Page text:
Research and Development
Shoal performs engineering research in cutting-edge systems engineering with a particular focus on early lifecycle design. Our research aims to further practice in this area, as well as extending this approach into non-traditional domains. Shoal also has research experience in aerospace modelling and simulation, specialising in probabilistic risk assessment for weapons testing, experimental flight vehicles, and space vehicle re-entry. Shoals is conducting research into the application of machine learning technology across several engineering domains and enabling our clients to utilise the latest developments in this field. In addition to these key research areas, Shoal has a significant research track record in the fields of small satellites and quantum computing. Recent research work is outlined below, followed by a publication list with links to our research products.
Our Blue Water business is where our R&D program sits, including the Idea Accelerator, which aims to provide the time, resources, and support to explore ideas and understand the commercial viability.
The accelerator gives all staff a platform to grow their ideas through the application of our expertise in systems thinking and systems engineering. Through the Accelerator we support a learn fast and test fast mentality, while searching for viable, novel and elegant solutions to the complex problems presented. Ideas are guided through a simple four stage model (Ideation-Idea Selection-Micro-investment-Innovation) and staff from all levels and job types can see their idea develop and be tested, perhaps commercialised, used internally or turned into a research paper for the staffs own profiling.
Model-Based Systems Engineering Practice
Shoal is at the cutting-edge of developing and applying a model-based approach to conceptual design. We apply rigorous, sophisticated analysis to understand the behaviour, needs and requirements of complex systems. This understanding is fostered by our model-based approach, which ensures that this design work is done using systems thinking, that key relationships of aspects of the design are highlighted and that the system designed and implemented will solve the problem.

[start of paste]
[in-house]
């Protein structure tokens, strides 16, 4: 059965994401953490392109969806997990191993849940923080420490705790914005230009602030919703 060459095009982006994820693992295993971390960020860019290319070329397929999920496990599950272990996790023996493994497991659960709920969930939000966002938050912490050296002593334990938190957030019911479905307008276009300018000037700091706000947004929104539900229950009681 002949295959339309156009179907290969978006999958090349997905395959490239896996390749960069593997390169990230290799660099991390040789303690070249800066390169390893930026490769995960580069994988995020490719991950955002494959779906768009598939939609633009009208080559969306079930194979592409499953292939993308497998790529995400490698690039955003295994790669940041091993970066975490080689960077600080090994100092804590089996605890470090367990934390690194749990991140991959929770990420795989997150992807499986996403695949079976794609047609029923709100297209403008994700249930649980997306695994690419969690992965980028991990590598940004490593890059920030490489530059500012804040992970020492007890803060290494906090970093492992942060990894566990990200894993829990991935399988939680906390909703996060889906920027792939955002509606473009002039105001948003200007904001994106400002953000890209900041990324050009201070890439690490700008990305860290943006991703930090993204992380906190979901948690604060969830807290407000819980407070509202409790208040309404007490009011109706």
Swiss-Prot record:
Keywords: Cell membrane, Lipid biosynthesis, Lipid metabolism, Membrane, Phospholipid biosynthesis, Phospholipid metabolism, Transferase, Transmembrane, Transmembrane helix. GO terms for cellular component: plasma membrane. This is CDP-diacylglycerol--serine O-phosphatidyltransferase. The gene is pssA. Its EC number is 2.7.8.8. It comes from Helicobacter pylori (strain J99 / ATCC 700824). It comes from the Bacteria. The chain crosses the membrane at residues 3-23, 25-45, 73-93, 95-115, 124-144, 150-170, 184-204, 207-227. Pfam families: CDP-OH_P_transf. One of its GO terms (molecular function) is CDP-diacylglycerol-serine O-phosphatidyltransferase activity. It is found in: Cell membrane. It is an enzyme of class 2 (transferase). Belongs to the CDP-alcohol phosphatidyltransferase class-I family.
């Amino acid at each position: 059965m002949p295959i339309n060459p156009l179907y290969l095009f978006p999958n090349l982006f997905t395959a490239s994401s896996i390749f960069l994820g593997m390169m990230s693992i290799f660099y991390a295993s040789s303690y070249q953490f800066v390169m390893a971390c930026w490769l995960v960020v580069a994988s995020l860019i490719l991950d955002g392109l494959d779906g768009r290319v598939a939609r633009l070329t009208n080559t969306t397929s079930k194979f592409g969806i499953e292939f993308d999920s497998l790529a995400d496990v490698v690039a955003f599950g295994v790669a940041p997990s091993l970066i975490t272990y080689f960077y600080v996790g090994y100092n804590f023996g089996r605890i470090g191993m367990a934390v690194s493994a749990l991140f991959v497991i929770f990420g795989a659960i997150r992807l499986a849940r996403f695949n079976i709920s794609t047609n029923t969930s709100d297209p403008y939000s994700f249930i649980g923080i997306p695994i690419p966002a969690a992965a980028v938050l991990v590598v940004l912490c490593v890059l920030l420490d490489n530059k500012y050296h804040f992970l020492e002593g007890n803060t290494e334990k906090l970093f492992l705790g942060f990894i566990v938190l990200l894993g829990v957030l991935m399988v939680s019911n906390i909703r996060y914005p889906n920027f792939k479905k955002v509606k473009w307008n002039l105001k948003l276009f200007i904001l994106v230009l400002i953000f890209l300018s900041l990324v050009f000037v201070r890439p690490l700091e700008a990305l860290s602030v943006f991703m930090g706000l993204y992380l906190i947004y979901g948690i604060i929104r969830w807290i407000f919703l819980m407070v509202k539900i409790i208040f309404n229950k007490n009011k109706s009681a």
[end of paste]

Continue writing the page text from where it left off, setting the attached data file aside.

This work began in the Defence domain in 2009, supporting the capability design of Australian Defence’s most important acquisition projects through the development and application of the Whole-of-System Analytical Framework (WSAF). This framework was initially developed in conjunction with the Defence Science and Technology Group, and Shoal has continued to develop and hone it through use on of key Defence projects. Shoal has several ongoing research efforts that aim to extend the methodology, both in scope and application domain.
Artificial Intelligence and machine learning
The development and realisation of Artificial Intelligence (AI) and machine learning is both exciting and challenging. Recent breakthroughs in the AI research field are allowing new levels of automation and for deriving insight from complex data. While the opportunities for application are numerous, equally, there are potential challenges unique to AI. This can stem from the non-deterministic and evolving behaviour of AI systems, issues related to model accuracy (leading to a lack of trust in the system), and its interactions with its operating environment. Defining the challenges and understanding the risks is extremely important. Shoal supports clients to understand the various applications, risks, challenges and benefits of AI. We assess how you may apply machine learning techniques to provide a ‘fit for purpose’ solution to your problem. This includes understanding what you need the machine learning to do, as well as what you require to implement it and maintain it in operations.
Aerospace Vehicle Behaviour
Shoal has a long history in aerospace vehicle behaviour research. This research has focused on the probabilistic range safety analysis of aerospace vehicles which has the modelling and simulation of complex, guided aerospace vehicles at its core. Much of this work is built upon the Range-Safety Template Toolkit (RSTT), developed in partnership with the Defence Science and Technology Group since 2004. This toolkit has been developed for and applied to a range of guided missiles and spacecraft. Shoal continues to pursue research in this area, looking to improve the accessibility of this toolkit and to apply the approach in the world of Unmanned Aerial Systems.View Publications